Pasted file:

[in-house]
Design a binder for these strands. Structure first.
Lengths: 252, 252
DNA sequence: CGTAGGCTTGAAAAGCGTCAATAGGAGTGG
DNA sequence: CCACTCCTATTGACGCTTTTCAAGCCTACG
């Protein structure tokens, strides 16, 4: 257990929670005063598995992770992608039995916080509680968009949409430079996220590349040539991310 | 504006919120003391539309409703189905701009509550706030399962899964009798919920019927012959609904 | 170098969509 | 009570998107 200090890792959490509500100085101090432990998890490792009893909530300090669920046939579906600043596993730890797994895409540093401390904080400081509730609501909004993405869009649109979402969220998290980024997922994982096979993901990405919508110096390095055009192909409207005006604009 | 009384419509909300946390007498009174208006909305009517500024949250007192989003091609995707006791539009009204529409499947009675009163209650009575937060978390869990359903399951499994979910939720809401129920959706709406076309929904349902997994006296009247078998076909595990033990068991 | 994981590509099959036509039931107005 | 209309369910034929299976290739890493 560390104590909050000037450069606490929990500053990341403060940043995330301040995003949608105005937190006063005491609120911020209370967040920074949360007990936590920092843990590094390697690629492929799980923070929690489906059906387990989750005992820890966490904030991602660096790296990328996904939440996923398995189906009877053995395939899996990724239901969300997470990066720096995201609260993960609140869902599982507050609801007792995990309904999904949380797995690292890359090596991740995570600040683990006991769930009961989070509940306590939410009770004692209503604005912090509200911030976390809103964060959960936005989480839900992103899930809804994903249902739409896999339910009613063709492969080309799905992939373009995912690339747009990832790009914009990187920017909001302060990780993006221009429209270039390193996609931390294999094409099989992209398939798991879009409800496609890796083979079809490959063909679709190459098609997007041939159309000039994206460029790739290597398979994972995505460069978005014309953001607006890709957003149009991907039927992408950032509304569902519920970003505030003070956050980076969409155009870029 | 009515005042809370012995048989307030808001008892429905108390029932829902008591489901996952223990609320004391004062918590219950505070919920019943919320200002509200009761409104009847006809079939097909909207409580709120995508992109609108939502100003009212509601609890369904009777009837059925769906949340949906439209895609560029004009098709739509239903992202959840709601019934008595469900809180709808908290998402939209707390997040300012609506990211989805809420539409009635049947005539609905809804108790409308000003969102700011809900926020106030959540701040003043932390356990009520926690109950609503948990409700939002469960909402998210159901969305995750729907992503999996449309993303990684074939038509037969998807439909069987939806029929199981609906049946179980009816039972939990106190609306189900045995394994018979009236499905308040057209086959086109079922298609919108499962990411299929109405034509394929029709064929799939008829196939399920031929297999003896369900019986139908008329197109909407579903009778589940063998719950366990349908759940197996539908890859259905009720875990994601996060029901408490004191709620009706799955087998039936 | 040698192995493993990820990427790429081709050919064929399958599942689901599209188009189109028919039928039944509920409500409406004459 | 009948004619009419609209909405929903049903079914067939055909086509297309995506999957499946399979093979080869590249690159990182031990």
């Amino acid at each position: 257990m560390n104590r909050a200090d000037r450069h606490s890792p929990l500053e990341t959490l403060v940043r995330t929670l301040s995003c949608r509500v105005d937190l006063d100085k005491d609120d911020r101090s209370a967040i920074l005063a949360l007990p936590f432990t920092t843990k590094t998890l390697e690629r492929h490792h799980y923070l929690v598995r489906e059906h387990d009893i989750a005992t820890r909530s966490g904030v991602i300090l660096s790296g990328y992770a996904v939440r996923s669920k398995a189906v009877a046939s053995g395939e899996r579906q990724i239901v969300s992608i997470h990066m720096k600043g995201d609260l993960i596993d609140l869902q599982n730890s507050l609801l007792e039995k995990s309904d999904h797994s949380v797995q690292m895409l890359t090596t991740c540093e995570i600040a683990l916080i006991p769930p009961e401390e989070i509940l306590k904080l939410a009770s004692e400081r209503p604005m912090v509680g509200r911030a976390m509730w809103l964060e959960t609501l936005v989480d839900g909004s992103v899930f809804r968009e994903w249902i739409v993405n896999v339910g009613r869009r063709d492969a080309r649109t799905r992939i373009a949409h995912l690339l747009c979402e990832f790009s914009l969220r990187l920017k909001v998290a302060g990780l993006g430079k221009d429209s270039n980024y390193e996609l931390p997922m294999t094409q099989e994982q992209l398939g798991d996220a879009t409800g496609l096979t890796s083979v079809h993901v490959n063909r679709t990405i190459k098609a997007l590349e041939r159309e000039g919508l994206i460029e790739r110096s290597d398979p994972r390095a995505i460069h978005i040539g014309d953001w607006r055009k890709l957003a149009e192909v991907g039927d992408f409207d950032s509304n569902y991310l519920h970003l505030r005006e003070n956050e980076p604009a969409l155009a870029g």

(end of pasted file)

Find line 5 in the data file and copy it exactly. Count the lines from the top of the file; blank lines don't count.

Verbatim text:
DNA sequence: CCACTCCTATTGACGCTTTTCAAGCCTACG